Dr Vint Cerf, currently a senior executive with Google and generally acknowledged as a pioneer of the internet, last week warned the American Association for the Advancement of Science that we could be headed for a ‘Digital Dark Age’, where future access to our records is limited due to irretrievable and unreadable data. He mentioned digital photos as particularly vulnerable.
‘In our zeal to get excited about digitising we digitise photographs thinking it’s going to make them last longer, and we might turn out to be wrong,’ he said. ‘I would say if there are photos you are really concerned about create a physical instance of them. Print them out.’
‘For years we have been trying to get this message out, but maybe the suspicion has been that we are just trying to drum up business,’ said [Phil Gresham]. ‘Now here’s a visionary of Vint Cerf’s stature, with absolutely no connections with the photo industry, advocating exactly the same thing.’
The irony is that, thanks largely to digital technology, there has never been such a range of options for making ‘hard copies’ of your family’s precious photographic memories, noted [Mr Gresham], and some of the new photo papers will last 100 to 200 years.
‘Many people won’t be aware that you can create photographic prints direct from your smartphone. We even print direct from Instagram pictures. We can also print from SD cards, from CDs or DVDs, or you can send an order in online from your home computer. You can pick it up next day from the store or we can deliver it via post.
‘You can of course make standard photographic prints, and they are way less expensive that in the days of film. Most photo stores, including [FotoFast], also create beautiful, long-lasting inkjet posters and canvas enlargements in store, as well as photo books, the ‘photo albums of the 21st century.’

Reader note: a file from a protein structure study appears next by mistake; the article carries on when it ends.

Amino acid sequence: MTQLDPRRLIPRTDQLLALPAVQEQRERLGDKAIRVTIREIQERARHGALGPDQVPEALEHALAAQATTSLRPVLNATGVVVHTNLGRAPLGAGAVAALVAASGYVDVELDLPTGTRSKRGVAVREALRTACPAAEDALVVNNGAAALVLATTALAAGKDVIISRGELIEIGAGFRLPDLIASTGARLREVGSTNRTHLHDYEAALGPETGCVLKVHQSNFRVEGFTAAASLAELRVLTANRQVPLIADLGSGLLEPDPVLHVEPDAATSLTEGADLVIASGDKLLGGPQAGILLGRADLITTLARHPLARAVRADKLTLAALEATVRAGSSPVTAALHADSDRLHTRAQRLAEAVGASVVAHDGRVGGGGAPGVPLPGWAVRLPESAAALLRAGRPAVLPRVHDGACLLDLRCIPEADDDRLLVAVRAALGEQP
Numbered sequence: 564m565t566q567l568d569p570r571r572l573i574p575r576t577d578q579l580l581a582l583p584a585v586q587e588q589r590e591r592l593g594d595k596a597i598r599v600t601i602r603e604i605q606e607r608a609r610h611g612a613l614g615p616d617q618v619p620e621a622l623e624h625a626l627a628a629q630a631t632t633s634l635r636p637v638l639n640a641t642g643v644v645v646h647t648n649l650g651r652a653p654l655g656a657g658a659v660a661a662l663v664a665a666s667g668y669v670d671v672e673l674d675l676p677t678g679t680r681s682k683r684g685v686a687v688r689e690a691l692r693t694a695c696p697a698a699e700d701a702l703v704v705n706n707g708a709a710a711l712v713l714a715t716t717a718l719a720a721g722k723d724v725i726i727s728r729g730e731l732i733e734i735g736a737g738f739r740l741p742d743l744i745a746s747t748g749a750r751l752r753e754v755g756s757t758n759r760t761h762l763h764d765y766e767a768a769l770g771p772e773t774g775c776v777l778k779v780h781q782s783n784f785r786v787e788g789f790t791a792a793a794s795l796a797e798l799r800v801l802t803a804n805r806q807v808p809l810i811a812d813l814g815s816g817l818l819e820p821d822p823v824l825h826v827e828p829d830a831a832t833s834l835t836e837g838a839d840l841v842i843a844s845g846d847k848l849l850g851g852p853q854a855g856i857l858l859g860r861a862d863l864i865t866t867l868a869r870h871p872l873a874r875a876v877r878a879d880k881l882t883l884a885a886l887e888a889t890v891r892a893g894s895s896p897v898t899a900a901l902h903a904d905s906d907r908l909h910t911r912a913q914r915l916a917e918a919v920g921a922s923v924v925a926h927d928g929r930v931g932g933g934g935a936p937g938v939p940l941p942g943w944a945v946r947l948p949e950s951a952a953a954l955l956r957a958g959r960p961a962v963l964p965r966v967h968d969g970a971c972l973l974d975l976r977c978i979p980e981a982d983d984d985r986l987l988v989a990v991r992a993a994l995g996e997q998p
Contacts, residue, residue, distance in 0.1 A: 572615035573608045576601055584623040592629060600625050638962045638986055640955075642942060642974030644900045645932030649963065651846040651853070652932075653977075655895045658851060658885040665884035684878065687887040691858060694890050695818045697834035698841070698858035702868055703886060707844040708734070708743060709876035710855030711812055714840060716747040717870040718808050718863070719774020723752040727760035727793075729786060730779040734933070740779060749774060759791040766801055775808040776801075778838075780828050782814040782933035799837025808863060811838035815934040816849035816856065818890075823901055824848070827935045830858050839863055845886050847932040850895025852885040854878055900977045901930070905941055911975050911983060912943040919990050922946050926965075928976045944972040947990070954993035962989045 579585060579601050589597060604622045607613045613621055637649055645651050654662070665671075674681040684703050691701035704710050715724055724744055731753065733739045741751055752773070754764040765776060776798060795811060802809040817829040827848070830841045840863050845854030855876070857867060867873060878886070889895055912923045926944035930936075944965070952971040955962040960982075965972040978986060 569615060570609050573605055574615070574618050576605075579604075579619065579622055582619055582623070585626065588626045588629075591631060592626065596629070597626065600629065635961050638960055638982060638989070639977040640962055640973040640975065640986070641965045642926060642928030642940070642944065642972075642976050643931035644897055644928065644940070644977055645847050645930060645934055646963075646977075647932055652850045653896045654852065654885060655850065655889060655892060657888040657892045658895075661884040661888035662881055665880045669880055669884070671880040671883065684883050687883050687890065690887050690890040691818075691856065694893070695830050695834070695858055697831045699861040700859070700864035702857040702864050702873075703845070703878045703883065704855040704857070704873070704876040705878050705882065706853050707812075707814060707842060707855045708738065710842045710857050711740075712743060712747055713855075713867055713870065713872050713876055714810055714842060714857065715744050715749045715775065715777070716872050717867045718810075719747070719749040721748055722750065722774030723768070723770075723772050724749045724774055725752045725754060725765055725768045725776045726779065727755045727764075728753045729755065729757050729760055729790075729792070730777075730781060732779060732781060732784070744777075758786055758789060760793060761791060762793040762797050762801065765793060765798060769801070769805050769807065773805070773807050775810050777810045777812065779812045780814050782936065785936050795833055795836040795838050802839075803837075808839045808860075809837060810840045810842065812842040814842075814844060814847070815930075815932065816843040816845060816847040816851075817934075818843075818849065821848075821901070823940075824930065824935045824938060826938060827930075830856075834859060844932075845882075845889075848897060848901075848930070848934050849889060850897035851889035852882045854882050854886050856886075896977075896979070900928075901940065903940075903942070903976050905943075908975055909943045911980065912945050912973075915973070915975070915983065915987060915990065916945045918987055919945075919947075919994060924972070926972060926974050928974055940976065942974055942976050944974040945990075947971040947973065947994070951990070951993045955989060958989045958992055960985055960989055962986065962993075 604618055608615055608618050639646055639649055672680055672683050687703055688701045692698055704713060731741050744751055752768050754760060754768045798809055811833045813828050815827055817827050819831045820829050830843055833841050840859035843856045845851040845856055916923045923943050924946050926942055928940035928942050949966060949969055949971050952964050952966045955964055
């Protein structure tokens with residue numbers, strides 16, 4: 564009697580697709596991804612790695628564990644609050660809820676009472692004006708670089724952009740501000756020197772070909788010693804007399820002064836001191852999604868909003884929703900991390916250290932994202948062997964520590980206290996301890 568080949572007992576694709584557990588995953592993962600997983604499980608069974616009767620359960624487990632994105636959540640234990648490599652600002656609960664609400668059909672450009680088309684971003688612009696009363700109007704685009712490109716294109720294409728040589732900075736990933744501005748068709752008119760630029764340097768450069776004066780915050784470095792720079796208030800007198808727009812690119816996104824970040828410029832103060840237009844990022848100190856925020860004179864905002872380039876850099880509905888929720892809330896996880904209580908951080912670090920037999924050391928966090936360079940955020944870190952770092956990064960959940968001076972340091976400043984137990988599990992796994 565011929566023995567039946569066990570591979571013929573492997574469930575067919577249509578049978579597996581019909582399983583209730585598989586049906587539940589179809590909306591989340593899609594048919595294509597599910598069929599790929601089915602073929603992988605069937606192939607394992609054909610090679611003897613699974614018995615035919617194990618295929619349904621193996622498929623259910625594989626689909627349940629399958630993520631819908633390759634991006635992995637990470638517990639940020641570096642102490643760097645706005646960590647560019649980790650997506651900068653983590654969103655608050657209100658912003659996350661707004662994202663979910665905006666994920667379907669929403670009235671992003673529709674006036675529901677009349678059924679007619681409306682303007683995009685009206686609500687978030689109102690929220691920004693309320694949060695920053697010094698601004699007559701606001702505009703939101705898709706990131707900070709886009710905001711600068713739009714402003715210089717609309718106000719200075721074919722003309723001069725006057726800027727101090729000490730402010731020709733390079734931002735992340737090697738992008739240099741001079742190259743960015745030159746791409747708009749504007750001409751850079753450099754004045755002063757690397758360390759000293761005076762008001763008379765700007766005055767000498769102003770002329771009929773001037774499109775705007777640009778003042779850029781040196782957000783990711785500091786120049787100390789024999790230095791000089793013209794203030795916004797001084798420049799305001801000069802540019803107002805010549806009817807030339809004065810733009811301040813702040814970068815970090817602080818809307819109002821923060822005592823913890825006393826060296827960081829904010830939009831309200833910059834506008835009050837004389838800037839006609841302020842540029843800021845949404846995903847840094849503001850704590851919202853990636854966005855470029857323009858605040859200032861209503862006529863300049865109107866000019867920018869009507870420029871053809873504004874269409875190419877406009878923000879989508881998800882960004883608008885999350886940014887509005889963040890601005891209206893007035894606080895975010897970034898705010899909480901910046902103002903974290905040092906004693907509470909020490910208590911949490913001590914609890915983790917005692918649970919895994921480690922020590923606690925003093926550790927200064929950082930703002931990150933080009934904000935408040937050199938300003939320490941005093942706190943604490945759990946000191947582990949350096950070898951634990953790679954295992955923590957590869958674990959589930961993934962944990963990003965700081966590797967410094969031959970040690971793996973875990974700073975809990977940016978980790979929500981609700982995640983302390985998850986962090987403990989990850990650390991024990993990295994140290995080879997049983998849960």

‘If you haven’t been into a photo shop for a few years – or maybe never – you will be amazed with what’s on offer, and our staff are there to help get you started.
‘We want to be part of the solution,’ he said. ‘I’ve heard too many sad stories over the years of, for instance, parents who have lost the entire history of their kids’ childhoods when a PC failed, not to be passionate about this.’
The message was further reinforced by a local academic, Dr Chris Chesher, senior lecturer in Digital Cultures at the University of Sydney, who noted that computer hard drives had a life of around 5 years or less, while storing digital images on ‘The Cloud’ – Facebook, Flickr, etc – offers no guarantees that your precious memories are safe.
‘When you look at the terms of service of a lot of the cloud companies, they say a lot of friendly things [about how] they’ll look after their data,’ he told 702 ABC Sydney.
‘But when it comes down to it – terms of service – basically, “we’re not going to take any responsibility at all”.’
‘The recommendation is to diversify the instances of that data, so printing out your photographs is one of the ways. Even if your hard drive goes down, your cloud service disappears or gets corrupted, you still have the hard copy.
‘Paper is still one of the best archiving forms that we have.’